The Munich 2018 bid committee submitted their bid to host the 2018 Winter Olympics on January, 11, 2011, at IOC headquarters in Lausanne, Switzerland. In light of the German city’s candidacy for the 2018 Games, heinnews’s David Hein talked with bid ambassador and two-time Olympic figure skating gold medalist Katarina Witt about touring the world to support Munich 2018; the bid’s challenges; and what the bid committee can learn from the controversial World Cup awarding to Russia and Qatar.

heinnews: You have been around quite a bit in your career and then afterwards watching events, what has it been like for you touring to drum up support for Munich 2018?
Witt: It’s definitely something completely different than what I’ve done before, travelling as a figure skater on the competitive side, on the show side, being in TV shows. A lot of what you do is about yourself and presenting yourself. I think the major difference is that I present a team, I’m part of a big team and I present an idea – an idea we all have and a dream we all have. You present a bigger picture I guess. The good thing is I’ve been to the Olympics, I’ve skated at the Olympics three times, I’ve worked on the journalist side as a television expert for many years working for German TV and CBS as well in Albertville (1992). Now I see it from a side where I’m trying to convince people that this event where I have been that we want to be the hosts. So it’s a different kind of concept. But it’s a very challenging and very interesting kind of journey I’m going through right now.

muenchen2018_logo_ccheinnews: What was the biggest reason you wanted to get in on the Munich 2018 bid?
Witt: First of all I think we have good chances. With winter sport history we have with the knowledge of how to organize big events. And with the atmosphere which is created when the events happen in Germany, which is always very enthusiastic for all the athletes. And being an Olympian myself so many times, it’s a different stage in my life and I now feel like it would be wonderful to help bring an event to life in Germany for younger athletes and help them making their dreams come true. I know as an athlete that was my biggest dream to be on the stage of the Olympics and now being in a position where I can help to make younger peoples’ dreams to come true if the competition would be held in their home is something new for me.

heinnews: What would you say is Munich’s biggest challenge in the candidacy and bid?
Witt: I think the bid has incredible assets and incredible chances with what we already bring to the table with the history of the Summer Olympics and with the Olympic movement’s motto of don’t ever leave any white elephants. We have here the history that all the facilities have still been in use. I think the challenge in general is to conquer an event like this and to be able to organize an event like this. But in Munich they know how to organize big events like this. You saw with Octoberfest with millions of people there in two weeks at the same time there is a big concert where there are 30,000 people and at the same time there is soccer game with another 30,000 people. So they know how to handle millions of people at the same time and still have a smooth organization.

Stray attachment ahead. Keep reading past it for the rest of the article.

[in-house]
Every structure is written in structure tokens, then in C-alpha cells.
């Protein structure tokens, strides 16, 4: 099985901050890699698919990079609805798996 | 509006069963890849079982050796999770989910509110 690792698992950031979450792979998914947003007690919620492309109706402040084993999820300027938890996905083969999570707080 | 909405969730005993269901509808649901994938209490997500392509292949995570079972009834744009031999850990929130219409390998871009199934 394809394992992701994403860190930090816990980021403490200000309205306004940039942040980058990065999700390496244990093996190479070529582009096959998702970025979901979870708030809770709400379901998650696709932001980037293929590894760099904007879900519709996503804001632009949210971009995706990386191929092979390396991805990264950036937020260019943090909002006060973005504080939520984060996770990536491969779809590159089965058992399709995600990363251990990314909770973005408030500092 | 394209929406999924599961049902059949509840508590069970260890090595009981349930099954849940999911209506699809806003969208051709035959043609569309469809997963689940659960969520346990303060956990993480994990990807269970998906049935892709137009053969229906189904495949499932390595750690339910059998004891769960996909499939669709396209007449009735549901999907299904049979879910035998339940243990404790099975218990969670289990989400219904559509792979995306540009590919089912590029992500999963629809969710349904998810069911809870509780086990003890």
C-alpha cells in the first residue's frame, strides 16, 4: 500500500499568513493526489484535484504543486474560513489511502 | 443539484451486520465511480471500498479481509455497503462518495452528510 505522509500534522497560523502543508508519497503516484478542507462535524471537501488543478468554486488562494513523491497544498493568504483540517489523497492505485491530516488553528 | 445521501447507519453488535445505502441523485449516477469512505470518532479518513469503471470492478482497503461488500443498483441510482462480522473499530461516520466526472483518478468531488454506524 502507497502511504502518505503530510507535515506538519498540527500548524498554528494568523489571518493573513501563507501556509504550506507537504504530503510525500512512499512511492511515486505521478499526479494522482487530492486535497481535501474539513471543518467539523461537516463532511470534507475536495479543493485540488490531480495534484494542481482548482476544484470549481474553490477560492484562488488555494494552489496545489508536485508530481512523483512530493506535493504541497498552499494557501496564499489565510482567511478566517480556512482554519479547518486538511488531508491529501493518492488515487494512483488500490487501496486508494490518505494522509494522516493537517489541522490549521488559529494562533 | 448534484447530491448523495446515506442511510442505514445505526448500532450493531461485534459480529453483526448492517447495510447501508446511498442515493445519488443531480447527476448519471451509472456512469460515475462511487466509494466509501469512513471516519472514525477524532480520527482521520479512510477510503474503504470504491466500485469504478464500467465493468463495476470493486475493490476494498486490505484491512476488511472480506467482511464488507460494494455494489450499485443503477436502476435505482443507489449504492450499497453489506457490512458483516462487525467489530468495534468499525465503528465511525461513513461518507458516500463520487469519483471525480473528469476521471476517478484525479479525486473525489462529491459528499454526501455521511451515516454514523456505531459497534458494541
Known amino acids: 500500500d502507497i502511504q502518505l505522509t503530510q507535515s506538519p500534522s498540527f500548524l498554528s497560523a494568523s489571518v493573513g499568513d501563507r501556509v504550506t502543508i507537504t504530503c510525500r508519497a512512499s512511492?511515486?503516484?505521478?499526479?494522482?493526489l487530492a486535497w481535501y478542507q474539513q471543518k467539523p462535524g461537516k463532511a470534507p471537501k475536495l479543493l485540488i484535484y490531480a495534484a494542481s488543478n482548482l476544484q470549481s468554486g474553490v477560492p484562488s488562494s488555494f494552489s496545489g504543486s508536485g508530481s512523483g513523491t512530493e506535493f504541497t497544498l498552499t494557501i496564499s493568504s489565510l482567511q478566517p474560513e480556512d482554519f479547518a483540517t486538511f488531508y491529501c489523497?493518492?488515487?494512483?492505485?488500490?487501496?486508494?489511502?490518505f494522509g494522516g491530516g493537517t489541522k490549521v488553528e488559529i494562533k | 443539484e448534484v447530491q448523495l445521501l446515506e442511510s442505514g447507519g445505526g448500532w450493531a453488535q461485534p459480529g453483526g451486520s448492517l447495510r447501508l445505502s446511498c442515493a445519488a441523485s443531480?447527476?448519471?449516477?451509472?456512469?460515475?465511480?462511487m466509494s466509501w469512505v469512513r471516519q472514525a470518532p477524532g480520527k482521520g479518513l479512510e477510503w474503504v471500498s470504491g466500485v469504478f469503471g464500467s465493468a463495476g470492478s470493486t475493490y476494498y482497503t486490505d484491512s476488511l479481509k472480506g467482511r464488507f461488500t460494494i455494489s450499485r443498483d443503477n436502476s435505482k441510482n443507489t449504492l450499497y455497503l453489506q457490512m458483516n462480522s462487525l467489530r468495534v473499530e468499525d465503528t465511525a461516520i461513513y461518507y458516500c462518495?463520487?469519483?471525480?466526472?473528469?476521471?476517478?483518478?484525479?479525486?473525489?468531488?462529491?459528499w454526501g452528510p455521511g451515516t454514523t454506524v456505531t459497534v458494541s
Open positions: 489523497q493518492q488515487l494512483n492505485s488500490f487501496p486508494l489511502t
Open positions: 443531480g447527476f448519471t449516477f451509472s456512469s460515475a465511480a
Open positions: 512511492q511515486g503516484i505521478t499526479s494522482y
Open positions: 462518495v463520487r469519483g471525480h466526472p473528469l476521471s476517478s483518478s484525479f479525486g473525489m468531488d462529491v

heinnews: How nervous will you be on July 6 when the 2018 hosts will be announced?
Witt: Well, I’ll be nervous every day until then for sure. But July 6 will definitely be a day that nobody from our team will ever forget.

heinnews: What will it mean when Jacques Rogge says: “The host city of the 2018 Winter Olympics is … Munich”? What kind of feelings will go through your mind?
Witt: Honestly, I don’t feel like I have the right to say what if. We have to wait and see what decision is made and then afterwards I can tell you what my thoughts are. Definitely it’s the dream of the team we have. A lot of other people are very enthusiastic about the idea but the decision will be made on July 6 and we will take it from there.

heinnews: There was a lot of talk and criticism after the awarding of the 2018 and 2022 soccer World Cups to Russia and Qatar, respectively. What can the bid committee learn or take from that whole process and implement into the Munich 2018 bid?
Witt: Well, it’s different. Bidding for the World Cup and bidding for the Olympics is a different ball game. Just by travelling around and being at all the events and competitions this is what we need to learn – how other events are creating, what are they looking for for the athletes. And I think on the other hand we already have so much knowledge and so much experience – look the World Cup happened four years ago in Germany and it was a huge success from an organizational standpoint and from the whole atmosphere. I think that every bidding process is a new process, and every decision is a new decision. I think it’s very difficult to compare one with the other.

heinnews: Last question, there is a parallel slalom event happening in Munich which is something very rare. What does the success of this event do for the Munich 2018 bid?
Witt: I think that all the winter competitions that are happening in Germany right now and all of the competitions which are ahead of us – with the World Championships in Garmisch, with the bobsleigh in Königsee – and there are a lot of big competitions that are coming up, it’s all for us a possibility to show how much experience we have in organizing big world cup events and world championships which is important for the athletes. The athletes deserve the best. They deserve the best organization. They deserve the best atmosphere. And they deserve the best event sites. And I think those are our assets and this is our possibility before the decision is made in July to show the people who are making the decision we have the right assets in Munich and Garmisch to put on a great event like the Olympic Games.



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